Also the top surface isn't completely flat, it tapers at the tail, but the main point is shape of the lower surface, and the fact that the bottom surface is the "longer path".

There is a two day seminar of flapping wing flight on campus tomorrow and the day after that I will be attending. I'll report anything interesting. Here is the schedule

 7:30 - 8:00 ***** Registration (\$20), Coffee and Donuts ****** 8:00 – 8:30 Mechanics Center Introduction: Chopra 8:30 – 10:00 Task-1 : Aeromechanics: Humbert 1.1 Fundamental bio-inspired principles of flapping flight physics - - Humbert/Dickinson 1.2 Dual-plane particle image flow diagnostics of flapping-wing unsteady aerodynamics - - - Leishman 1.3 DNS/LES/RANS analysis for rotary- and flapping-wing-based MAVs- - - Baeder/Yamleev 10:00 – 10:15 - - - Coffee Break 1.4 Flight dynamics simulation modeling of MAVs - - - Celi 1.5 Aeromechanics of revolutionary cyclocopter and flapping rotors - - - Chopra/Benedict 1.6 Bio-inspired flexture-based wings and airframes - - - Dickinson/Humbert 1.7 Avian-based wing morphing for agile flight - - - Hubbard 12:15 – 1:15 - - - - Lunch Break - - - - - 1:15 – 3:15 Task-2 : Ambulation: Full 2.1 Bio-inspired dynamic modeling and simulation with parameters for ground contact model - - Full /Goldman 2.2 Bio-inspired principles of appendage and actuator design - - - Full/Fearing/Wood 2.3 Ambulatory design of body and appendages - - - Full/Fearing 2.4 Bio-inspired crawling, running, climbing robots - - - Fearing/Full/Wood 3:15 – 3:30 - - - Coffee Break - - - 3:30 – 5:00 Task-3: Hybrid Aeromechanics/Ambulation: Fearing 3.1 Thrust augmented entomopter: a revolutionary hover-capable high-speed MAV - - - Chopra/Wereley 3.2 Bio-inspired hybrid aerial and terrestrial locomotion - - - Fearing/Full/Wood/Humbert 3.3 MBMAC: Multi-body Microsystem Analysis Code for rotary, flap and ground - - Masarati/Goldman/Chopra 5:00 Demonstrations & Reception (Kim Engineering Building Rotunda) Location: Kim Engineering Building 8:30 – 9:00 - - - Coffee & Donuts - - - 9:00 – 11:30 Task-4: Multifunctional, Actuation and Propulsion: Wood 4.1 High performance microactuators - - - Smela/Fearing/Wood 4.2 Smart composite-based rapid fabrication of micromechanical and micromechatronic structures - - Wood/Fearing 4.3 Ultra-light multifunctional composite structures based on electrospun fabric - - - Shivakumar/Lingaiah 4.4 Chemical energy conversion system - - - Cadou/Jackson 4.5 Distributed propulsion system for power efficiency - - - Fearing/Full/Wood 11:30 – 12:00 ARL and Government Meeting 12:00 – 1:00 - - - Lunch - - - 1:00 – 1:30 TMG Meeting and Hot Wash

 Quote by Jeff Reid And yet they still produce adequate lift at low sub-sonic speeds, and with the "hump" on the bottom of the wing instead of the top. Compare the angle off attack of the F104 (essentially a jet powered missle with tiny wings) to the M2-F2. The M2-F2 picture is a bit deceiving since the photo is angled a bit. The M2-F2 and M2-F3 are good examples to "disprove" equal transit theory as the cause of lift, and I just find them interesting, as they are fairly unique. I rotated the picture 2 degrees right to make the ground appear level, still the upper surface of the m2-f2 is nearly horizontal, but it could be in a "flare" since it's landing, but the wheels are still up, so even though it's fairly low, it's got some gliding time left to deploy the landing gear. Also the top surface isn't completely flat, it tapers at the tail, but the main point is shape of the lower surface, and the fact that the bottom surface is the "longer path".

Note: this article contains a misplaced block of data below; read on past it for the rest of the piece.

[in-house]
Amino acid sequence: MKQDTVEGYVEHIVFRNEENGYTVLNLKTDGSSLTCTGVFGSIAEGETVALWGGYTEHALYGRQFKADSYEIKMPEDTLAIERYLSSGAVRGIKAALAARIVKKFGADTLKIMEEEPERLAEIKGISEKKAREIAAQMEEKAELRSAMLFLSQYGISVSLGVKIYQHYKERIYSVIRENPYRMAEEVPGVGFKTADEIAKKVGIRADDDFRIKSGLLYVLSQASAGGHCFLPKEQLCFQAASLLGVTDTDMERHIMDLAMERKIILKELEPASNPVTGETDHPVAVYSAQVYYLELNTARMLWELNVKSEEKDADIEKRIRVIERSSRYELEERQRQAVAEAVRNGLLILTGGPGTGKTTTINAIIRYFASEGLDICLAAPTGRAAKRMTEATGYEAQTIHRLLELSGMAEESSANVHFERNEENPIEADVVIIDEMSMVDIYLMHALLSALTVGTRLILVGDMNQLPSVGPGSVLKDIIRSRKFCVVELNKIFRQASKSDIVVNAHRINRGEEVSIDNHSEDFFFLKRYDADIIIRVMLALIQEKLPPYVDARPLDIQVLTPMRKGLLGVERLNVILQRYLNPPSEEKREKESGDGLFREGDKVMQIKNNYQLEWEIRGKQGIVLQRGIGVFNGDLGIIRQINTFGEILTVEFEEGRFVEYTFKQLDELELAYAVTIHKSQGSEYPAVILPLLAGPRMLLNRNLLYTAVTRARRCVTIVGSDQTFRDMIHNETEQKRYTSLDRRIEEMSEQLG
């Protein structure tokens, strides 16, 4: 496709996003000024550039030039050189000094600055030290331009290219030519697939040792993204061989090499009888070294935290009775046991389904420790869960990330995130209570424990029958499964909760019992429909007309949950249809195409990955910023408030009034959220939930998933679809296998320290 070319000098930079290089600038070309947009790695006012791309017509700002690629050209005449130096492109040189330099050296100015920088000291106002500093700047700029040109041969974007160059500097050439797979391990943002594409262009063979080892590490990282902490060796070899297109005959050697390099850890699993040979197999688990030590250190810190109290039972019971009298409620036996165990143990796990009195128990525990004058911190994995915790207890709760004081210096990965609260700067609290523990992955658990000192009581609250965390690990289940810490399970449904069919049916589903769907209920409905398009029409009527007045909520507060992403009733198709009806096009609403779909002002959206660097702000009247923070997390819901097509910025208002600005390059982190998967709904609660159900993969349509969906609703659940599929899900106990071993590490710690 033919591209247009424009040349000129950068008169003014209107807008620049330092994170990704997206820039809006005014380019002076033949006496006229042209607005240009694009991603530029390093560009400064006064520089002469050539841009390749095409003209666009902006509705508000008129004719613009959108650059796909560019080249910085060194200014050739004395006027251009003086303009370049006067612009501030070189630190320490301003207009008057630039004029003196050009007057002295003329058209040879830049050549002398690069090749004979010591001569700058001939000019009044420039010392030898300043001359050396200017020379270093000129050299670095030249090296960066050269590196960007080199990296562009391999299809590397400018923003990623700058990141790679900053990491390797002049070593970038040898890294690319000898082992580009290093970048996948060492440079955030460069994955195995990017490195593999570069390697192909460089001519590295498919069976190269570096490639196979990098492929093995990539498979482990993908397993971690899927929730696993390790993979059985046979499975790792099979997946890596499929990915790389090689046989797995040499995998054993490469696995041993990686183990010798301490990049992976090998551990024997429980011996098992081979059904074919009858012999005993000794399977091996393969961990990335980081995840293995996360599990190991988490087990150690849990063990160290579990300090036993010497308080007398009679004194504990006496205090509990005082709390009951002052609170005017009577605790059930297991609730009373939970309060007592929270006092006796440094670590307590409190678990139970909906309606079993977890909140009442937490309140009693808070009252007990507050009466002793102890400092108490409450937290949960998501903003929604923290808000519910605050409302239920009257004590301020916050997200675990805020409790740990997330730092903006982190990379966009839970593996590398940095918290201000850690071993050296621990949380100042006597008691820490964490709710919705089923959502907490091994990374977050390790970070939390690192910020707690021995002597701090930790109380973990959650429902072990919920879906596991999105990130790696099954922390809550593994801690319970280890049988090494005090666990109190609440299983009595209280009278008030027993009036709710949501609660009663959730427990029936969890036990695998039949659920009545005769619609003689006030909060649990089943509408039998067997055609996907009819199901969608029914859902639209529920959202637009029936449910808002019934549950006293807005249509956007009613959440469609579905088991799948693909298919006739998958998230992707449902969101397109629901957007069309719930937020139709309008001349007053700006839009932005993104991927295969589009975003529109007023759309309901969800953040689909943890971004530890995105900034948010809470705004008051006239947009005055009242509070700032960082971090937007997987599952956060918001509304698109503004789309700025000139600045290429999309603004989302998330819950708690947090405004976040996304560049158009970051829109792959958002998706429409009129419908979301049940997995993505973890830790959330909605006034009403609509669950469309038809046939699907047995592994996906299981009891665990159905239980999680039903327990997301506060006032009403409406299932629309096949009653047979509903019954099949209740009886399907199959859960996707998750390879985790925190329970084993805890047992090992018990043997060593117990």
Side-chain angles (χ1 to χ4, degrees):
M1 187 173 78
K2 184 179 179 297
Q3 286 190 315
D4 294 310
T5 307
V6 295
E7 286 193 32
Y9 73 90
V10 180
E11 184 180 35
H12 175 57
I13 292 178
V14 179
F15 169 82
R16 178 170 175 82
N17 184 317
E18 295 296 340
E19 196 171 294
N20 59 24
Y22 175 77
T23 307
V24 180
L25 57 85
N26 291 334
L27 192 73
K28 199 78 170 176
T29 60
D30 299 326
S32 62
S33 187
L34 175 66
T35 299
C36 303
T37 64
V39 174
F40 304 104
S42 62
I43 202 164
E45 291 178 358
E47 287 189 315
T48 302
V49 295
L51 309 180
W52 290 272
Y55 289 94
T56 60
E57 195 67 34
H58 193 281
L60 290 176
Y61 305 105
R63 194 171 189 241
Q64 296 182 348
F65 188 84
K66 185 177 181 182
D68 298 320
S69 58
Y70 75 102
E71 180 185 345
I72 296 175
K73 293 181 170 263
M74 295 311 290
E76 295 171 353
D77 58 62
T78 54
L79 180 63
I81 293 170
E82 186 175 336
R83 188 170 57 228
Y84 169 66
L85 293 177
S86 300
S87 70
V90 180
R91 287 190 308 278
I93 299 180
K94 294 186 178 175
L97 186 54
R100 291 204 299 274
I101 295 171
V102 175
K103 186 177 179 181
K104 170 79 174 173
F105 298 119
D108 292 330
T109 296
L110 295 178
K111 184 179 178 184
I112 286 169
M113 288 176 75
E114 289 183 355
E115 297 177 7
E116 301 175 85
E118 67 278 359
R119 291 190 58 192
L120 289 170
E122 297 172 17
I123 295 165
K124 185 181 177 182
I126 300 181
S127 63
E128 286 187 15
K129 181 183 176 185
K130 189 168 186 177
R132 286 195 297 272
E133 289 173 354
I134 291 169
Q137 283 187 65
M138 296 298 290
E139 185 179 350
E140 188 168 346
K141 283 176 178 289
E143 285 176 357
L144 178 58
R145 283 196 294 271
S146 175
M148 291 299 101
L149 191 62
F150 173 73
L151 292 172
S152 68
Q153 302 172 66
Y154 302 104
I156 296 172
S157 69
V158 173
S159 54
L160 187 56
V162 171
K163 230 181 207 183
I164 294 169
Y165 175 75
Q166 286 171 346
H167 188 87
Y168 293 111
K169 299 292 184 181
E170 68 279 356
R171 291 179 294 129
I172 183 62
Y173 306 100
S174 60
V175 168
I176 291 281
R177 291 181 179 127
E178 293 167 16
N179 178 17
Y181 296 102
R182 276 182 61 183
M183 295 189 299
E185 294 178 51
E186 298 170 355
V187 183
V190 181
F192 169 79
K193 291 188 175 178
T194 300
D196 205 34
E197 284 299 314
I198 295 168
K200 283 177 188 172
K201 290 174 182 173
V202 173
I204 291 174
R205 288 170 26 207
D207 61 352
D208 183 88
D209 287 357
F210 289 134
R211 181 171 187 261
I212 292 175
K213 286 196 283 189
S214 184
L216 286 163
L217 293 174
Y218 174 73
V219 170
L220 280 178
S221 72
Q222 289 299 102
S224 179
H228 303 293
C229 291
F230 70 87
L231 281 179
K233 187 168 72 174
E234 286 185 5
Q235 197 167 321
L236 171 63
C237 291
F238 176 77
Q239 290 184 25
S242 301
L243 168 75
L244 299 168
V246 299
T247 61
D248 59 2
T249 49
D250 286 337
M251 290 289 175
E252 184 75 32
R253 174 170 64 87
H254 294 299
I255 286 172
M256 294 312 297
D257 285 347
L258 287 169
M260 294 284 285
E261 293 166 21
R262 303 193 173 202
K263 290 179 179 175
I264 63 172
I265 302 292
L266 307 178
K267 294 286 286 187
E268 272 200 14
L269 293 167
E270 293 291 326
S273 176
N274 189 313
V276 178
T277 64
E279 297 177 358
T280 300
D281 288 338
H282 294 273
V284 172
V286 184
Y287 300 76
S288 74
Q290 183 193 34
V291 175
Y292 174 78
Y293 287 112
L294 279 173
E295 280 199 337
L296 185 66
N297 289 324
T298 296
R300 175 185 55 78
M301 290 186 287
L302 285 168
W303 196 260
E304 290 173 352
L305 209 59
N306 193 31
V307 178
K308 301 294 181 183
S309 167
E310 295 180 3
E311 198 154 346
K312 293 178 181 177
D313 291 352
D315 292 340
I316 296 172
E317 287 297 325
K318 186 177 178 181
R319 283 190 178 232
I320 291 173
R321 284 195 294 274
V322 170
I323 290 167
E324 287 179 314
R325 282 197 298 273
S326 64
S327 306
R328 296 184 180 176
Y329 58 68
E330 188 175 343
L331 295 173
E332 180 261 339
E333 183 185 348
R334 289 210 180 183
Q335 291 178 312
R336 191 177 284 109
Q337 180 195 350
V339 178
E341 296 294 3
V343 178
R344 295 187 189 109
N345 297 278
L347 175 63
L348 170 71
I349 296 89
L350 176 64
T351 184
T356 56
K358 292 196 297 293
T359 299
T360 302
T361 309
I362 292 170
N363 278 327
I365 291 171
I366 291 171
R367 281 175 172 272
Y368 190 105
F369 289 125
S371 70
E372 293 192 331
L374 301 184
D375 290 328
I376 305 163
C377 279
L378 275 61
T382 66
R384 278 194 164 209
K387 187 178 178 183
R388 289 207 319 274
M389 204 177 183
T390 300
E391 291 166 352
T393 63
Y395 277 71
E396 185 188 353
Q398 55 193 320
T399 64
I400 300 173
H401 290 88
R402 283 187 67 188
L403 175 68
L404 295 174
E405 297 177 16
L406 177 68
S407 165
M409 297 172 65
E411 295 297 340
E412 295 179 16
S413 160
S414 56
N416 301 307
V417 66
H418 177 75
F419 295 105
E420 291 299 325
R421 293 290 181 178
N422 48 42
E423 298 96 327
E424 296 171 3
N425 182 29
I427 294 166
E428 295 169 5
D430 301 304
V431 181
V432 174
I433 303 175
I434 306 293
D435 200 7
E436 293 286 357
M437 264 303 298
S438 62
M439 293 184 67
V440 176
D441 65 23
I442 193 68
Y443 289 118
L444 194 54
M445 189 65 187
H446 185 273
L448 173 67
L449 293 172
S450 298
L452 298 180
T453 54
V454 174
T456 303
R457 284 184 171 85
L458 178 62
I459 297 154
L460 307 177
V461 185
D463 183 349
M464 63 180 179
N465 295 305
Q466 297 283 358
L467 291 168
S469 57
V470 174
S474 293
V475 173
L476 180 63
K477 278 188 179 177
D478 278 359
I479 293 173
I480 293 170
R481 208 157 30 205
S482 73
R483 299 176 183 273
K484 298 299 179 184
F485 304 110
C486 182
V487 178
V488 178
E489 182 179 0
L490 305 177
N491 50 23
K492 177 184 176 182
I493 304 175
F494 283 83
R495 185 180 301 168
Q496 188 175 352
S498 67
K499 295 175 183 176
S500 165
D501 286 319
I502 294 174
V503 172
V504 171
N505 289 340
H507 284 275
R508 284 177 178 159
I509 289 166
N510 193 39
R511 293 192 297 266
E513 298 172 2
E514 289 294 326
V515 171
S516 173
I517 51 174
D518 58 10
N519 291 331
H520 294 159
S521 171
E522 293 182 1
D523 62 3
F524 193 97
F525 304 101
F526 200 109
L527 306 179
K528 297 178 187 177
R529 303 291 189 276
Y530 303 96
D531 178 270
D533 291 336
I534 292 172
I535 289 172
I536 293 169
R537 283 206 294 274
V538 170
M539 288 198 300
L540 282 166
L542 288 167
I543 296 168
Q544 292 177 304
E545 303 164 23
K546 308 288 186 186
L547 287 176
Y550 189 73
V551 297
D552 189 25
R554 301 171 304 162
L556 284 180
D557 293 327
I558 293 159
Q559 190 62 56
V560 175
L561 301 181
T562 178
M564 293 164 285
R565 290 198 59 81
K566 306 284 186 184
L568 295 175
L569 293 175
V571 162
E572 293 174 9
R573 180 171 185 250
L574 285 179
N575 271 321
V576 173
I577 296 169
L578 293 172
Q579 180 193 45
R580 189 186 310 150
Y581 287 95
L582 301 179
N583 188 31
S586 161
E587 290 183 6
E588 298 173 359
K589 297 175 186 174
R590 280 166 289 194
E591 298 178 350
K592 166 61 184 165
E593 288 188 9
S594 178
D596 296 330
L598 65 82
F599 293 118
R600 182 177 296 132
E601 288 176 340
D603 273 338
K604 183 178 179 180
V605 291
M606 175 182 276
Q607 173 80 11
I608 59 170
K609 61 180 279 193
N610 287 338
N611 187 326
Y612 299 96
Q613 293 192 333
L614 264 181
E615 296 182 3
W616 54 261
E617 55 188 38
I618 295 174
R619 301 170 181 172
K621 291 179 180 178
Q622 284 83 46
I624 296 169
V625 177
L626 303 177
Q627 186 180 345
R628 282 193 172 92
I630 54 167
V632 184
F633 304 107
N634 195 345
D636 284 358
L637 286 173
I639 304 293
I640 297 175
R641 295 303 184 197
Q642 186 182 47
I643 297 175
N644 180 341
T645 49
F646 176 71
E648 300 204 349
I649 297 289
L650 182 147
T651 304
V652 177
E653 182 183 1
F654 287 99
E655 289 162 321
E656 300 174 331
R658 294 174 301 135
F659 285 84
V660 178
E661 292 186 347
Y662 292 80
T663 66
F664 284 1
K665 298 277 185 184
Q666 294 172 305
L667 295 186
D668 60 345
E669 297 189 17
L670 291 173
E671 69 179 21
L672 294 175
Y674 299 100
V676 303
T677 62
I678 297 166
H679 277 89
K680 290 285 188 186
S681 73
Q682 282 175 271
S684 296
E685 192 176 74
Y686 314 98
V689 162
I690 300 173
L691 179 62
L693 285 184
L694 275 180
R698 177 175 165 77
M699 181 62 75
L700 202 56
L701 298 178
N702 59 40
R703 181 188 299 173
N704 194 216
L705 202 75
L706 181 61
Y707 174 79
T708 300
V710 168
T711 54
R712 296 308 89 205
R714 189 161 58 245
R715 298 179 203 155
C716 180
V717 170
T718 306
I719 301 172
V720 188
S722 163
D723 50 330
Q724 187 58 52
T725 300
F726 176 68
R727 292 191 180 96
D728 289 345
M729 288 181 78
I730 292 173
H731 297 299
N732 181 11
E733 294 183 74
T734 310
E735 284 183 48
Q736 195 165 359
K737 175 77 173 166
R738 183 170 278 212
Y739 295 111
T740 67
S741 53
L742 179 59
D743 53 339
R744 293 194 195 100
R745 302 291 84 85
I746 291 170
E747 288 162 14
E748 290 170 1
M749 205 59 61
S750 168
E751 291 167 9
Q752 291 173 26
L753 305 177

You have to be careful, just by looking at a picture gives you no indication of the AoA of those two aircraft. All you're seeing in this photo is the flight path angle - not the AoA.

Despite this, it is a very interesting aircraft design! It looks like a delta wing with the pilot all the way forward for stability in pitch.

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 Quote by Cyrus That is exactly correct. The NS equations are true - period. It is the NS equations that CFD solves.
Approximates. N-S equations have very few situations that can be solved exactly.

 Quote by Cyrus That is called, 'momentum theory'.
AKA "Actuator Disc Theory."

 Quote by FredGarvin Approximates. N-S equations have very few situations that can be solved exactly. AKA "Actuator Disc Theory."
N-S doesn't have a closed form solution, implied in my post was the necessity to use something like CFD to solve them. That does not make the N-S equation an approximation. The solution is an approximation to the N-S equations, but the Equations are not an approximation.

*The only real "approximation" is that the gas particles follow a continuum.

As for Actuator Disc Theory, tom-a-to, to-ma-to.
 I left half way into the talks because I have work to do. But what I did see was pretty interesting. A guy from CalTech had optical sectioning images of a fly. Basically, they use special infrared laser beams to scan the fly and you can see all the internal structure of the fly just like a 3d MRI. The fly has two muscles that cause the complex flapping motion. One main muscle always powers the flies wings, while these two muscles adjust the tension, and thus the equivalent spring constant to change the flapping properties. Pretty non-intuitive. There were also a video of a honey bee inside a wind tunnel given a wind gust disturbance, and a high speed strobe video of a fly with a piece of string tethered onto its back to keep it stationary.